Wednesday, March 24, 2004

nothing much to do! FM endterm tommorrow(rather today, it is 3.00 AM already) and i already feel my head spinning.

so considering the high that i'm in , thought would write something about what gets you high, pot (or less colloquially marijuana)

In two separate incidents a four year old and a five year old were found to be in possession of marijuana in US. chk out these stories here and there.

wondering what the world is coming to? On the contrary here is an article which claims that pot is not harmful as it is claimed to be and mentions some benefits of marijuana.

hmmm.......... i am really ina tizzy now!

have fun and don't bother yourselves much! bye !

Sunday, March 21, 2004

The "honourable" home secretary of UK , Mr. David Blunkett is planning to fight in the Royal Courts of Justice in London for the right to charge victims of miscarriages of justice more than £3000 for every year they spent in jail while wrongly convicted. Off late i haven't heard anything more disgusting than this . It is like saying, i kicked you hard in your head thinking you are somebody else, so pay me because my feet is hurting. Check the full article here.

Staying with news from UK, Coke has decide to pull out all bottles of its bottled water dasani from UK because it contained illegal amounts of a chemical called bromate. deja-vu isn't it, same thing happened a few months back in india and like fools we did nothing about it and continue to down gallons of coke everyday. Is it just that we are reasserting that by nature we indians are all push-overs or is it the colonial legacy that is still lingering that the whiteskins are better than the coloured.

As my sms screams india 122-4 after 18 overs chasing 294 against pakistan, ( i don't how to put this alert thingy off, nice excuse for getting indulged in the match! he he!) i have to make a very vital decision ,either to study for tomm.'s endterm or watch the match. But whatever it is i am not going to type anymore, so signing off for the time being till i hit upon something to write on.

Friday, March 19, 2004

hmmm another ten days ! i'll be gone like a wind from this place , though have to be back again after two months and have to stay on for another 8-9 months here.

More musings about management education can be found at my prof's blog . he has got a neat write up on management literacy V management education.

i think i have bored enough , whoever reads this (wonder who reads this besides me ofcourse), with all my blabberings about MBA stuff. anyway thanks again for putting up with me.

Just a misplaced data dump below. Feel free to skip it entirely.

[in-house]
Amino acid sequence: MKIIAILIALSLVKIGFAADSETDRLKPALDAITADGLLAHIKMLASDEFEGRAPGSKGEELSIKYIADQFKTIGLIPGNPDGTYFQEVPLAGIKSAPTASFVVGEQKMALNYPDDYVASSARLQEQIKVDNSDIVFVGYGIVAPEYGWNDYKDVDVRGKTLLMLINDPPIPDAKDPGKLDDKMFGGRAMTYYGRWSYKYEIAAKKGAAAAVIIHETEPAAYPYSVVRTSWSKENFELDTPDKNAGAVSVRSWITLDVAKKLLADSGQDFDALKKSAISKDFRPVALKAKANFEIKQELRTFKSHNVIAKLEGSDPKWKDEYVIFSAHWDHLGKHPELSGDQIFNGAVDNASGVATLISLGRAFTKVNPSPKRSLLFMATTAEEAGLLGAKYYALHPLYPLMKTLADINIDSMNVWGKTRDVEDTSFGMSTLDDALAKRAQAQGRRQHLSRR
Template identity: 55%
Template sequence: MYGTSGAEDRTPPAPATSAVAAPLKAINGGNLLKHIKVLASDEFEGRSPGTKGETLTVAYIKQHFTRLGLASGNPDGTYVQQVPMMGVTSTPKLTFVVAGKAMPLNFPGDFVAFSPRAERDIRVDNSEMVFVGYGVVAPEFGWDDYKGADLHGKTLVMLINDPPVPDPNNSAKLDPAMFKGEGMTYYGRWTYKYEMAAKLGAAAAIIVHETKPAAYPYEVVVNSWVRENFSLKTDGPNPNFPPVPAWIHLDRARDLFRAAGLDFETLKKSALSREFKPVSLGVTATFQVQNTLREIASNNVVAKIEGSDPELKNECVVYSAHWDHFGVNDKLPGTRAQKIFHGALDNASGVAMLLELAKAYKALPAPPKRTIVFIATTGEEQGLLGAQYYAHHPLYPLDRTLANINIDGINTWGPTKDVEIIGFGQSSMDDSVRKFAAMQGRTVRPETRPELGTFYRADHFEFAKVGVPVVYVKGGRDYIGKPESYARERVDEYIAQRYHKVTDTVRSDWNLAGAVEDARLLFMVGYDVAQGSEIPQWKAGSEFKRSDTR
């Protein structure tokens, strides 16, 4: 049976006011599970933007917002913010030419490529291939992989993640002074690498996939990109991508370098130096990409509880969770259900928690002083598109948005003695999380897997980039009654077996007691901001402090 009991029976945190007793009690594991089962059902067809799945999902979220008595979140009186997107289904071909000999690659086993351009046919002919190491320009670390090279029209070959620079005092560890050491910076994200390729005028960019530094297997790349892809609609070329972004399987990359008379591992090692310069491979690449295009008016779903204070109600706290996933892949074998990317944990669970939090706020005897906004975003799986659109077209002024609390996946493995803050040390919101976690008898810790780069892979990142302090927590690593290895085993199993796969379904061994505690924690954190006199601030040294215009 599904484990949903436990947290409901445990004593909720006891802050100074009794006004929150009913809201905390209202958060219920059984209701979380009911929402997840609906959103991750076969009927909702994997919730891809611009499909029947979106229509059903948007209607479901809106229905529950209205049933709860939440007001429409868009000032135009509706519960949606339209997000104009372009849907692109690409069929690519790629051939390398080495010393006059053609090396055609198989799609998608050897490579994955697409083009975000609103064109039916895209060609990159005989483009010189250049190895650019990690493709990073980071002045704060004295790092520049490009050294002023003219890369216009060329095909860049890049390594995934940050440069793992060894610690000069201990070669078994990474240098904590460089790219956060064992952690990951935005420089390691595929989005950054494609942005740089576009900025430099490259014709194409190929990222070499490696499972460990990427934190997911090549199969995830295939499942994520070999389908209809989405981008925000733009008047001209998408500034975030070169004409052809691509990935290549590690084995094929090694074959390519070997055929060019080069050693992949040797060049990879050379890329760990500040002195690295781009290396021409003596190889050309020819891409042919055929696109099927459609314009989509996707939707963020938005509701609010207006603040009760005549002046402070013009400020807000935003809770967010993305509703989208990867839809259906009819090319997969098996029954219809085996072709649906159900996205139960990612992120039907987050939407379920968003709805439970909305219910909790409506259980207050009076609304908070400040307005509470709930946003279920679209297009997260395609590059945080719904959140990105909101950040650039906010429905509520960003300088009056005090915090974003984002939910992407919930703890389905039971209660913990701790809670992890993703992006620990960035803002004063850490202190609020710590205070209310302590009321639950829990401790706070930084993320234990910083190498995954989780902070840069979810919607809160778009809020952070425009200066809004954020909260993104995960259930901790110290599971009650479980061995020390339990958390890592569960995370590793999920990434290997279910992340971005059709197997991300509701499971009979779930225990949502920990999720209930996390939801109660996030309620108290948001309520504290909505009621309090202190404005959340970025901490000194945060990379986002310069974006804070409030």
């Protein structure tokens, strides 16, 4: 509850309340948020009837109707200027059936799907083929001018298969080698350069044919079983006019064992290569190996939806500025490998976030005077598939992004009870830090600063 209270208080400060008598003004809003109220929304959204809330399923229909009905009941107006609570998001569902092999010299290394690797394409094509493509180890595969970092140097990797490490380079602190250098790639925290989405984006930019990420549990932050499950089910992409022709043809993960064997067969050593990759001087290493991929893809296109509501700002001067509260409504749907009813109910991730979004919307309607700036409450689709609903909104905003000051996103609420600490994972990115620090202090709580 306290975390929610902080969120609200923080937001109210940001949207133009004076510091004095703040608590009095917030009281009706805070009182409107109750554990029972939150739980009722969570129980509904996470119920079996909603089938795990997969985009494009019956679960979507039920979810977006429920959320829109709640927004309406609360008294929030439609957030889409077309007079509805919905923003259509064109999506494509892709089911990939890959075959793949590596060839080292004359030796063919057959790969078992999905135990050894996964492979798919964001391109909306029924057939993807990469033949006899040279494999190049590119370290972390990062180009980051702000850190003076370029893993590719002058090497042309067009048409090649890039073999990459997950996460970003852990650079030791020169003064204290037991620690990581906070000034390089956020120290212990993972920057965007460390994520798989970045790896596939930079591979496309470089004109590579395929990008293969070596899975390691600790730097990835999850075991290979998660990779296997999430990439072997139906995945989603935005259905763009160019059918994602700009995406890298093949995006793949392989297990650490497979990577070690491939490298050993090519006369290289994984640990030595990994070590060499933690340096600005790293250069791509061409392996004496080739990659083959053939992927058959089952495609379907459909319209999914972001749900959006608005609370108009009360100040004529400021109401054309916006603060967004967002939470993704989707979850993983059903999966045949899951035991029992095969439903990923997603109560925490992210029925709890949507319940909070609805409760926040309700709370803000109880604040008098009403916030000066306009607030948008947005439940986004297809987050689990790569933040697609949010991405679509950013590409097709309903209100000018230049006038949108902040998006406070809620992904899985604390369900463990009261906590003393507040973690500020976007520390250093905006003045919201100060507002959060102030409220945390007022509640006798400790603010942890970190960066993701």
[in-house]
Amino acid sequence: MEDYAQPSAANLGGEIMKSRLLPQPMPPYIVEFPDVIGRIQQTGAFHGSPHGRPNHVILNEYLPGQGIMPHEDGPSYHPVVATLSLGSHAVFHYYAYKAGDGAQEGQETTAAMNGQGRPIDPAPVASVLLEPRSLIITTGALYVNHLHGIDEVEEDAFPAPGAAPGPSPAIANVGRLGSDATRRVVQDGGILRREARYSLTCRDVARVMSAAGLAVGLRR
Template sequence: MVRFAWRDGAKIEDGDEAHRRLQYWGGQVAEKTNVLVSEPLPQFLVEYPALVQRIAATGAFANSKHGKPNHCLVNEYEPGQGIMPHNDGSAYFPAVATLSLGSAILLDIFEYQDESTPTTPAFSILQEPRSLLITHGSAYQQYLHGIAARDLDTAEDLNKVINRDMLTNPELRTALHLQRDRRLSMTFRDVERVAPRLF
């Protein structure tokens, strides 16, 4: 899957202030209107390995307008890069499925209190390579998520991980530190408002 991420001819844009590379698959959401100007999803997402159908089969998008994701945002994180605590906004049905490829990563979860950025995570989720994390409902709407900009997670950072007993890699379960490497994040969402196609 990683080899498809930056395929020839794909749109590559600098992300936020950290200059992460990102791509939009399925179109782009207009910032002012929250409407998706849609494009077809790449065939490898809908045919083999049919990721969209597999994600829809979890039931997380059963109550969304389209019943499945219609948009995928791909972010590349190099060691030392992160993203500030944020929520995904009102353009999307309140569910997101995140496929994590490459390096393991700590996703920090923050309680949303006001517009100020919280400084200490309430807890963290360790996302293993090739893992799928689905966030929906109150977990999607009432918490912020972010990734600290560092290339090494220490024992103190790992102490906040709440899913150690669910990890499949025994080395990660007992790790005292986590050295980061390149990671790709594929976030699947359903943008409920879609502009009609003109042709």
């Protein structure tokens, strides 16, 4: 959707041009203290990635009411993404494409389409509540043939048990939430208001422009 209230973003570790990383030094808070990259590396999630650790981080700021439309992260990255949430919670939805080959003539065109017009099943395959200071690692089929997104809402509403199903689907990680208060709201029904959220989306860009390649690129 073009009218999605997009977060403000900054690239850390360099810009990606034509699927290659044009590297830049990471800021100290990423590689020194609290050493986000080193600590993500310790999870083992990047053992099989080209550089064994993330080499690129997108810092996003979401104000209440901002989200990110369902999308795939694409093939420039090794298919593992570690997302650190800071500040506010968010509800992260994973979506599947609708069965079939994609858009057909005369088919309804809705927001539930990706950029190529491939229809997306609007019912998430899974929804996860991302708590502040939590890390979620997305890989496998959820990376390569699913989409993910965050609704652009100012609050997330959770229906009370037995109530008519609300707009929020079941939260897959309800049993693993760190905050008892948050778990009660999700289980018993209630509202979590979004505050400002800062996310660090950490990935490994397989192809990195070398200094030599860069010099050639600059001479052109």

In the midst of my exams, you guessed right haven't touched the books till now , so till the next time a fresh stream of thought hits me, signing off.

Tuesday, March 16, 2004

long time since i watched some good movies.

not that i'm going to whine that i don't have time and stuff. i have plenty, just plain laziness to watch it ;) .

anyways checking out some reviews and trailers at yahoo movies

passion of the christ seems to have some dope on it. But the trailer was not that impressive , atleast i did not find it impressive considering the media glare the movie got.

secret window seems like my kind of a movie, a silent kind of thriller with a twist in the end, which i hope it has.

these trailers have a promotional clip about a reality show on fox network in which the girls have to find out who are the gays from the straight guys, or rather that's what i understood of whatever theywere showing about the show aptly named "play it straight" .

wonder where these reality show guys get their ideas, guess they lock themselves up and get stone drunk to come up with things like these.

anyway, just hoping our "gay of bengal" doesn't apply for the show, lest he may get exposed ;).

Monday, March 15, 2004

yet another day passes without much ado.

quite frankly exactly an year ago if somebody had told me that you will have all your time in the world to do all sorts of things in the world in a Bschool i definitely would not have believed.

But i could see it happening right in front of my eyes, around 8 months into my MBA what have i achieved, forget about achievement what have i done in the past 8 months worthy of telling anybody, not much. but i don't blame anybody for that, after 8 months i believe it was all in my hands to have utilized my stay here really well.

when i was clearing up my inbox i found a old forward of the thoughts of a wharton grad in his final year about the million dollar Q "why MBA?". I don't know how much of it is really relevant in the indian context considering that most bschools in india take in a sizeable amount of freshers. but still the write-up is worth a read, chk out:

An MBA is most often justified as an investment in one's future. The proposition is simple and seductive. By surrendering two years of salary and another hundred grand or so to boot, your career trajectory will steepen sharply, eventually catapulting you to such an altitude on the organization chart that nearly all the
vertical lines are below you. Your stream of income, this thinking goes, will make your original investment look piddling in comparison. Pop your current salary and institution of choice into any one of the MBA calculators on the Net, and bingo, you can see for yourself the expected number of years until your investment repays itself. 7.6 years. That was my magic number, a reassuring mathematical certainty that steadied me as I signed my tuition deposit.

This characterization of an MBA is not wholly without truth, but the lackluster economy of late has revealed a disconnect between the justification of an MBA as an investment and the realities of the job market. For the first time in a decade, a significant percentage of students from the best business schools in the world